Punjab being the cultural hub of the country offers echoes and visions of history in an enigmatic way. Historical city of Lahore is its capital which has been the administrative centre of Mughal empire, Sikh administration and the British raj. That is why one can see grand historical edifices like Lahore Fort, Badshahi Mosque, Shalimar Garden (they are included in UNESCO’s world heritage list), Sikh temples, British architecture in the guise of Government college building, Lahore railway station building, Lahore museum, King Edward medical college building and in several other avenues where past speaks through present. Minar-e-Pakistan building is a monument which was built after the independence of Pakistan to commemorate the partition movement in 1940s. The city is a fabulous place for the lovers of food. Old Anarkali street is the best place there for spicy and delicious traditional foods. The folk saying goes that the one who hasn’t yet seen Lahore, isn’t born yet either. The city is also known as the city of gardens. The rest of the province of Punjab has its own peculiar cultural diversity with cities like Faisalabad has 8 bazaars around the famous clock tower built during the British era. Its areal view gives it the look of union jack on the British flag. The south of the province of Punjab has Cholistan desert which hosts annual Cholistan car rally. It’s an awesome place also for the adventurers and hunters of deer and pea cocks. Punjab gets its name from its 5 rivers which flow all the way from Himalayas in the north through its territory and converge in the place called Panjnad in southern Punjab. It’s a worth seeing sight there as how modern agricultural necessities have enabled man to strangle rivers to build a sophisticated canal system and barrages in a previously semi-arid land. For academic historians and the archaeologists and others who are interested in the swings of history the region witnessed; there are Buddhist historical sites there in Harappa and Taxilla regions. At the same time there is a line of old castles build from the Punjab province till Sindh province during Mughal Empire’s time to confront outside invasions on India from the west. The Grand Trunk Road also built in Mughal era by emperor Sher Shah Suri is still in use. So, modern Pakistan is still wheeling on the paths of history.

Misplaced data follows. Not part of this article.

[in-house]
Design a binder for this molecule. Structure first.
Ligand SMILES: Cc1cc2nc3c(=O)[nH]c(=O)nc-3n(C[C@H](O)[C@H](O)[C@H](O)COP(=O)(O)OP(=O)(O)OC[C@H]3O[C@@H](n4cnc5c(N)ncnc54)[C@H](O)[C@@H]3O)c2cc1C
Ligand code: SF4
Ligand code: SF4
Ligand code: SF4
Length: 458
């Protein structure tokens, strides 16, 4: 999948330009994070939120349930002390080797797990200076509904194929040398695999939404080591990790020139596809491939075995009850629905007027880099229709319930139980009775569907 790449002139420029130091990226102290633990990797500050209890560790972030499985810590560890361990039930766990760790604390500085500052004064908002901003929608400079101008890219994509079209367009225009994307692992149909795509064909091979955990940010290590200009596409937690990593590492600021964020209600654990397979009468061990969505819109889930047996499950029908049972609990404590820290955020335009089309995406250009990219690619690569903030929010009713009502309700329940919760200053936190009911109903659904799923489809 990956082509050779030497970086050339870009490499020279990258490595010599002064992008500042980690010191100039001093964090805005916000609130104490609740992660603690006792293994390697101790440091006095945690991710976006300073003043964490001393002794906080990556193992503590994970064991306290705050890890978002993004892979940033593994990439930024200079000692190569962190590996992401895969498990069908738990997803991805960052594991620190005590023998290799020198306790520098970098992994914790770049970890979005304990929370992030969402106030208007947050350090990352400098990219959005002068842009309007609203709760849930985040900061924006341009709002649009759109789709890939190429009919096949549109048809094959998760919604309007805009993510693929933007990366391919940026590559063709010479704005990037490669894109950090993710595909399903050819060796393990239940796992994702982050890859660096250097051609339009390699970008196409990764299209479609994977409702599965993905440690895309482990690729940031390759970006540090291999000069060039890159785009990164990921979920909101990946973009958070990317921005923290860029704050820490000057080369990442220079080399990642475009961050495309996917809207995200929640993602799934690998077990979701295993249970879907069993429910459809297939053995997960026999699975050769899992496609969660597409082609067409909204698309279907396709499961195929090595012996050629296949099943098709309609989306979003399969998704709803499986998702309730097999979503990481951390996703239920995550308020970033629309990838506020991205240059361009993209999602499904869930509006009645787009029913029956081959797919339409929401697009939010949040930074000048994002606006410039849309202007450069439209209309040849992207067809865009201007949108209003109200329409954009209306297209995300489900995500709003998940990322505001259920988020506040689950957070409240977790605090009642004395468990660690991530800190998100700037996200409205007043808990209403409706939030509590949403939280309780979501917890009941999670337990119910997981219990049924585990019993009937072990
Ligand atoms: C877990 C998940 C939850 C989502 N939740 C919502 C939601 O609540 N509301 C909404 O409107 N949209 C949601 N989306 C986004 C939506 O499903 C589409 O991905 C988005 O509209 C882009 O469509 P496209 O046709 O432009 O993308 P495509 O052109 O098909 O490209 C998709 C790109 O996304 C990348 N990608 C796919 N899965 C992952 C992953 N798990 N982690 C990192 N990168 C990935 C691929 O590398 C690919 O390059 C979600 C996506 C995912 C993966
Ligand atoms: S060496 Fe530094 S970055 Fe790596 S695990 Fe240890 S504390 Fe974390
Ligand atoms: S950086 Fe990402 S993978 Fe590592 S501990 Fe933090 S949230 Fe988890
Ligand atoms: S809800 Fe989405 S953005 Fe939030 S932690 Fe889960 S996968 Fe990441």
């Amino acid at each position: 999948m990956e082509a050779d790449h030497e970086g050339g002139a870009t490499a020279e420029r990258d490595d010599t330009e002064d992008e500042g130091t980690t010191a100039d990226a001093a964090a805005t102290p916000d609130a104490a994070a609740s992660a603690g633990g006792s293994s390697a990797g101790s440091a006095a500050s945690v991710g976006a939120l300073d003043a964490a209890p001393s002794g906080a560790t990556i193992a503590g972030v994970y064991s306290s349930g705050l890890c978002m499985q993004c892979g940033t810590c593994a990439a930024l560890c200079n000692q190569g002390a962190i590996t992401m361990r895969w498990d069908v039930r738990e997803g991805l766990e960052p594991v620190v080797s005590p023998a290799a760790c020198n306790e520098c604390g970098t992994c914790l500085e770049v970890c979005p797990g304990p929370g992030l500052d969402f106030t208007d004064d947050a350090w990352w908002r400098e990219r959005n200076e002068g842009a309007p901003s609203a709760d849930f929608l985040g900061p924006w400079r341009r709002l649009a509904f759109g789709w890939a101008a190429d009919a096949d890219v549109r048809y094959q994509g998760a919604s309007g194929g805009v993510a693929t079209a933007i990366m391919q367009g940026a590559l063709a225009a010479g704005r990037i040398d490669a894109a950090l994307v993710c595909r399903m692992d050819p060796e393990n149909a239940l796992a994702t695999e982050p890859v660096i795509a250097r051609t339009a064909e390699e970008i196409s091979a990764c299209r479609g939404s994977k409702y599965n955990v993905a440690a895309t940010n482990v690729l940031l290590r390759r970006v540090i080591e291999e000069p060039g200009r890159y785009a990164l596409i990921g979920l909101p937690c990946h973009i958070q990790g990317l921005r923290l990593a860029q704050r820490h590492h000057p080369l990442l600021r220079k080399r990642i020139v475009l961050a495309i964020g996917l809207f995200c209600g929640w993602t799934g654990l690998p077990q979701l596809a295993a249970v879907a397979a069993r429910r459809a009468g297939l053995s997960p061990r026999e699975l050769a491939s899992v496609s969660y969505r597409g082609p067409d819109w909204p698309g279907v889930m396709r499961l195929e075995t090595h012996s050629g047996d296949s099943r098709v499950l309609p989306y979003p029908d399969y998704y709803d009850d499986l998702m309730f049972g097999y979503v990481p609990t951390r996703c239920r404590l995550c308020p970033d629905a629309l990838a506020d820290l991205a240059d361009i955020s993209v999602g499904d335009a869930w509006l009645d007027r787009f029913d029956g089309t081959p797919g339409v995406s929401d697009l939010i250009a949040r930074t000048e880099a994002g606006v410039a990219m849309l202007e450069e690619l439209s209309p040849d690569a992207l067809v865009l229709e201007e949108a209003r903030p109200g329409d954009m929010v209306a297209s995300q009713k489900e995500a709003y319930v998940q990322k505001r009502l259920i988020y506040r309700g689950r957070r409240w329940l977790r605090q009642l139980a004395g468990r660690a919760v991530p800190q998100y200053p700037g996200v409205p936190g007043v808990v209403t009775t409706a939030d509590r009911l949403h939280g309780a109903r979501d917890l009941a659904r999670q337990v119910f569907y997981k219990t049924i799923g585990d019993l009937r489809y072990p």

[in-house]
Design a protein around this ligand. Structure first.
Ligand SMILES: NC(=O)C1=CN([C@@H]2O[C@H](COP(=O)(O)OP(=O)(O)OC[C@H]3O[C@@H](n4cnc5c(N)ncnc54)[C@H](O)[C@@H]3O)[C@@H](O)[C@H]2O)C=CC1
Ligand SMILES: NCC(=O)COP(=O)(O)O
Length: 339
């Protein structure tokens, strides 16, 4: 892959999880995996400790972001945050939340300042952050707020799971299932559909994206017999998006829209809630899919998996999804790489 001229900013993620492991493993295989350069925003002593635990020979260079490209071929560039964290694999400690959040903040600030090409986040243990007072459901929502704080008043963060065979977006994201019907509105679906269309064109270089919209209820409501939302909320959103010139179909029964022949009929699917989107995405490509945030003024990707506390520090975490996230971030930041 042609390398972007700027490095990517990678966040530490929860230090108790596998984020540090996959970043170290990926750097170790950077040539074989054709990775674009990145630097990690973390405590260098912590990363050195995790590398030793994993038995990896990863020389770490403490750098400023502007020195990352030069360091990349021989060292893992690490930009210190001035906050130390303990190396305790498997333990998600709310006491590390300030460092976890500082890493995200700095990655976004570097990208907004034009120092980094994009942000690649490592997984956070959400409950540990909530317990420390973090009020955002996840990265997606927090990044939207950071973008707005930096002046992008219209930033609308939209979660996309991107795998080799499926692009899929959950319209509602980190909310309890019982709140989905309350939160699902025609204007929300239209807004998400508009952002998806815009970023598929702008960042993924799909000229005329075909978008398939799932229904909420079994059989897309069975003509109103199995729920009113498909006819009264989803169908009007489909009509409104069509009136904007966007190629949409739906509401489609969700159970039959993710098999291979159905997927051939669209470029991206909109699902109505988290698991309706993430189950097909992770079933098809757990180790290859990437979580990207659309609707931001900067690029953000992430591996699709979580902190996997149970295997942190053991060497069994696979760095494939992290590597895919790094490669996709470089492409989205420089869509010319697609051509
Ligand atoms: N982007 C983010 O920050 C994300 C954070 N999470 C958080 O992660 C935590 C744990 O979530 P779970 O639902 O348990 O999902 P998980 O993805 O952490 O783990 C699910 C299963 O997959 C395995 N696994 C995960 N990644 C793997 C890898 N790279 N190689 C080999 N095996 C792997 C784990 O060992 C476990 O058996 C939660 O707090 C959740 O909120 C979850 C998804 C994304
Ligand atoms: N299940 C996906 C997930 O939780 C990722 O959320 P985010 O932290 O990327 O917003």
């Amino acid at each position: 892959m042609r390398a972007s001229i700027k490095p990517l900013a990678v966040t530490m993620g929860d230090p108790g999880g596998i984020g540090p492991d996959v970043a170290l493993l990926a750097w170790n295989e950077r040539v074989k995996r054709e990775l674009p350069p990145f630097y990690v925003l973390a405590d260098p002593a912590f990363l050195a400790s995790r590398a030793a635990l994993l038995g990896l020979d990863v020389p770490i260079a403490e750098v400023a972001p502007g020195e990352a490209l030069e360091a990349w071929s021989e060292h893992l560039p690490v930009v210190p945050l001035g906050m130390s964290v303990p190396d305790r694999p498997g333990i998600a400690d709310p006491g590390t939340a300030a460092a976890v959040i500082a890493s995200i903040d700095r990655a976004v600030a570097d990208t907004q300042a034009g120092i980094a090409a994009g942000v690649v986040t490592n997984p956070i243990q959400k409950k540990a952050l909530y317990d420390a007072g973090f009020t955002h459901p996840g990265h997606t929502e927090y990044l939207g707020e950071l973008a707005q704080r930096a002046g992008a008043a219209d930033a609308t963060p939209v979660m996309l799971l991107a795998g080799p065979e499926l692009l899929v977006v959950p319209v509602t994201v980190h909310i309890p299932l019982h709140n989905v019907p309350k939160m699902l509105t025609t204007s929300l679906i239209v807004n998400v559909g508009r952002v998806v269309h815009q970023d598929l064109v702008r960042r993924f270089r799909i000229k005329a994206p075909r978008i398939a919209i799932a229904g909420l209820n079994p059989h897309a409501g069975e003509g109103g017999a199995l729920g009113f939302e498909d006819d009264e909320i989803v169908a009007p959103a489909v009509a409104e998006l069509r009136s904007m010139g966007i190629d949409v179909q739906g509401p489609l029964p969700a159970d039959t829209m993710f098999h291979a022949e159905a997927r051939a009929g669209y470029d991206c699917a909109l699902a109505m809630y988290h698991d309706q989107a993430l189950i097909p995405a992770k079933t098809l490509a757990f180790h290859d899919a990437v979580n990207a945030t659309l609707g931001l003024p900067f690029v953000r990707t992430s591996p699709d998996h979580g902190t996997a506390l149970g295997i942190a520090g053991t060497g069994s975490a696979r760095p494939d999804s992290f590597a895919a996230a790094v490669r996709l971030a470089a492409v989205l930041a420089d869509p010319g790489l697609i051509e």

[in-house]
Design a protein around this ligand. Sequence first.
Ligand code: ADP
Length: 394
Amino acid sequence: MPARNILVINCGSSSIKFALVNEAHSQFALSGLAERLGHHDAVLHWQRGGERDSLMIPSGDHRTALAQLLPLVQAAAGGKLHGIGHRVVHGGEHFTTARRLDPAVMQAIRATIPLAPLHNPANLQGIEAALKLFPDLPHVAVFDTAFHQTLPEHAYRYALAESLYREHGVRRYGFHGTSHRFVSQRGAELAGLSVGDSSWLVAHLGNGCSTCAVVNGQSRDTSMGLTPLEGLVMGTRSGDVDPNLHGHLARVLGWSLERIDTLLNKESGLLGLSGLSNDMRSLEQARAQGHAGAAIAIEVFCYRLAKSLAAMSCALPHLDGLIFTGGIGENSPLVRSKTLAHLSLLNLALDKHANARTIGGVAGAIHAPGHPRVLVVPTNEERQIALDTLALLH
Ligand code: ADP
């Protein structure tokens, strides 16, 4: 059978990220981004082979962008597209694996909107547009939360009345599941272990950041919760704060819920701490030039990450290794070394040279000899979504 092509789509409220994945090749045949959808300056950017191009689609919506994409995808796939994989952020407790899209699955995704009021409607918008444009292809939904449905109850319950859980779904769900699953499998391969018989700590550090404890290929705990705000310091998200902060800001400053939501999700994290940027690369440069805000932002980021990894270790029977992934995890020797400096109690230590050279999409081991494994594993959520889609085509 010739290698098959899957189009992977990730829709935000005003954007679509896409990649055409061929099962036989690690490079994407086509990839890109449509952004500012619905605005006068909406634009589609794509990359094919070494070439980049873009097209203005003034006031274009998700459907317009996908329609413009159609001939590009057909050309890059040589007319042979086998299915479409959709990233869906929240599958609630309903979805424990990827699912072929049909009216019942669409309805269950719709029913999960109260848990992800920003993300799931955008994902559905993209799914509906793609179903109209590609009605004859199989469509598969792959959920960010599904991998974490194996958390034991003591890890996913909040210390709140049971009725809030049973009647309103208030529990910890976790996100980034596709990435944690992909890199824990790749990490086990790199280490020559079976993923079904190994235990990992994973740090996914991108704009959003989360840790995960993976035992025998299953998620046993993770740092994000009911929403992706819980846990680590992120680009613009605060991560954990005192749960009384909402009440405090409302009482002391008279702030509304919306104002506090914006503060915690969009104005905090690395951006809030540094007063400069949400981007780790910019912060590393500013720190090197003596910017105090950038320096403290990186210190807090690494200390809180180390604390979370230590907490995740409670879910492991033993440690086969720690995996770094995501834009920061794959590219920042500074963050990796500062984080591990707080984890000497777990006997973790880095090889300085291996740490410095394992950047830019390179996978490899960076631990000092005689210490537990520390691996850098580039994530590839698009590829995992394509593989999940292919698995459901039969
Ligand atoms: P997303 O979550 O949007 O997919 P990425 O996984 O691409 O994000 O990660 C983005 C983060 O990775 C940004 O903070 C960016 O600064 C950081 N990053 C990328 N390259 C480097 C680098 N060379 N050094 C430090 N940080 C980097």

A train journey from northern Punjab city of Rawalpindi to the extreme south of the country will reveal all the secrets of Pakistani society and its many cultures and historical sites. One would see the rural base of the country with its multiple crops, terrestrial diversities, climatic variations and above all feudal hierarchical relations of power between the so called base and super structure of society. Despite all that, life at its purest and most organic levels is also seen in man’s relationship to land and its yield in that country and this is reflected in the communal relations of the people too.